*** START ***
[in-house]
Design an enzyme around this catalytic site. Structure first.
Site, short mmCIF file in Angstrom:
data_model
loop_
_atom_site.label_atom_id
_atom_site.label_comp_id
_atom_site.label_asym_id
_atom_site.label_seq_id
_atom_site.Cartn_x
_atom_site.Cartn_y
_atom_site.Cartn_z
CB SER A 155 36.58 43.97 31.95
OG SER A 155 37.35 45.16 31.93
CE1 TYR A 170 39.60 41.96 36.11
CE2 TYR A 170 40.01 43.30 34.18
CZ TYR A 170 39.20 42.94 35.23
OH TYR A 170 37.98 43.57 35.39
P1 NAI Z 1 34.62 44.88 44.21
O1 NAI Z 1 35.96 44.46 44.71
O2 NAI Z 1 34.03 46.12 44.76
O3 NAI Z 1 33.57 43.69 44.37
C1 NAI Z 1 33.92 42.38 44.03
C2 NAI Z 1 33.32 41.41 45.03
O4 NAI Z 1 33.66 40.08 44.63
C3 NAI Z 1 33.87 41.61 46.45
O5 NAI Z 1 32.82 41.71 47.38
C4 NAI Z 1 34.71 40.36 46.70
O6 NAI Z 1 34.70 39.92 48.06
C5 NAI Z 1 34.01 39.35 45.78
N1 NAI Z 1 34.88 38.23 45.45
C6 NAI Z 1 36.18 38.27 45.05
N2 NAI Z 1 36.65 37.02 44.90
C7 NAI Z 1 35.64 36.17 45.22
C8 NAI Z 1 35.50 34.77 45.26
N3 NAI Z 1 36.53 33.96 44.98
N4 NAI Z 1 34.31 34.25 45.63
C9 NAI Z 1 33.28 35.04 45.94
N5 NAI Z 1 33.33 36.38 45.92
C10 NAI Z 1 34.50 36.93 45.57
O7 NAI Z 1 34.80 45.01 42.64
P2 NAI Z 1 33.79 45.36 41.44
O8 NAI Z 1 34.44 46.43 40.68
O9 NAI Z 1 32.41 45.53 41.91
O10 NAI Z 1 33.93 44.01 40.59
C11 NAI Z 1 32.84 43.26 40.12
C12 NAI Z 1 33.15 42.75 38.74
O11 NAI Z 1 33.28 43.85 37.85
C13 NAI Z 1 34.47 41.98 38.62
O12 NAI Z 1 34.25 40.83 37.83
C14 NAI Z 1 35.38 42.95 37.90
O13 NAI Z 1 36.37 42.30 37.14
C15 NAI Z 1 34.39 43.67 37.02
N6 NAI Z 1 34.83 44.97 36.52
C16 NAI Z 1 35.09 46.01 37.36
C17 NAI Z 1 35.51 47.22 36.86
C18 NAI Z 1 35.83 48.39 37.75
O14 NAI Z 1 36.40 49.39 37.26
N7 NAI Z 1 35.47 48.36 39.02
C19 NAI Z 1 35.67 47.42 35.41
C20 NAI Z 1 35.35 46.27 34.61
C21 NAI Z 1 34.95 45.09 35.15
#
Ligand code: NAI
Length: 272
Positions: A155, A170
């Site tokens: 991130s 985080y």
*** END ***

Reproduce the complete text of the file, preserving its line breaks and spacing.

[in-house]
Design an enzyme around this catalytic site. Structure first.
Site, short mmCIF file in Angstrom:
data_model
loop_
_atom_site.label_atom_id
_atom_site.label_comp_id
_atom_site.label_asym_id
_atom_site.label_seq_id
_atom_site.Cartn_x
_atom_site.Cartn_y
_atom_site.Cartn_z
CB SER A 155 36.58 43.97 31.95
OG SER A 155 37.35 45.16 31.93
CE1 TYR A 170 39.60 41.96 36.11
CE2 TYR A 170 40.01 43.30 34.18
CZ TYR A 170 39.20 42.94 35.23
OH TYR A 170 37.98 43.57 35.39
P1 NAI Z 1 34.62 44.88 44.21
O1 NAI Z 1 35.96 44.46 44.71
O2 NAI Z 1 34.03 46.12 44.76
O3 NAI Z 1 33.57 43.69 44.37
C1 NAI Z 1 33.92 42.38 44.03
C2 NAI Z 1 33.32 41.41 45.03
O4 NAI Z 1 33.66 40.08 44.63
C3 NAI Z 1 33.87 41.61 46.45
O5 NAI Z 1 32.82 41.71 47.38
C4 NAI Z 1 34.71 40.36 46.70
O6 NAI Z 1 34.70 39.92 48.06
C5 NAI Z 1 34.01 39.35 45.78
N1 NAI Z 1 34.88 38.23 45.45
C6 NAI Z 1 36.18 38.27 45.05
N2 NAI Z 1 36.65 37.02 44.90
C7 NAI Z 1 35.64 36.17 45.22
C8 NAI Z 1 35.50 34.77 45.26
N3 NAI Z 1 36.53 33.96 44.98
N4 NAI Z 1 34.31 34.25 45.63
C9 NAI Z 1 33.28 35.04 45.94
N5 NAI Z 1 33.33 36.38 45.92
C10 NAI Z 1 34.50 36.93 45.57
O7 NAI Z 1 34.80 45.01 42.64
P2 NAI Z 1 33.79 45.36 41.44
O8 NAI Z 1 34.44 46.43 40.68
O9 NAI Z 1 32.41 45.53 41.91
O10 NAI Z 1 33.93 44.01 40.59
C11 NAI Z 1 32.84 43.26 40.12
C12 NAI Z 1 33.15 42.75 38.74
O11 NAI Z 1 33.28 43.85 37.85
C13 NAI Z 1 34.47 41.98 38.62
O12 NAI Z 1 34.25 40.83 37.83
C14 NAI Z 1 35.38 42.95 37.90
O13 NAI Z 1 36.37 42.30 37.14
C15 NAI Z 1 34.39 43.67 37.02
N6 NAI Z 1 34.83 44.97 36.52
C16 NAI Z 1 35.09 46.01 37.36
C17 NAI Z 1 35.51 47.22 36.86
C18 NAI Z 1 35.83 48.39 37.75
O14 NAI Z 1 36.40 49.39 37.26
N7 NAI Z 1 35.47 48.36 39.02
C19 NAI Z 1 35.67 47.42 35.41
C20 NAI Z 1 35.35 46.27 34.61
C21 NAI Z 1 34.95 45.09 35.15
#
Ligand code: NAI
Length: 272
Positions: A155, A170
């Site tokens: 991130s 985080y």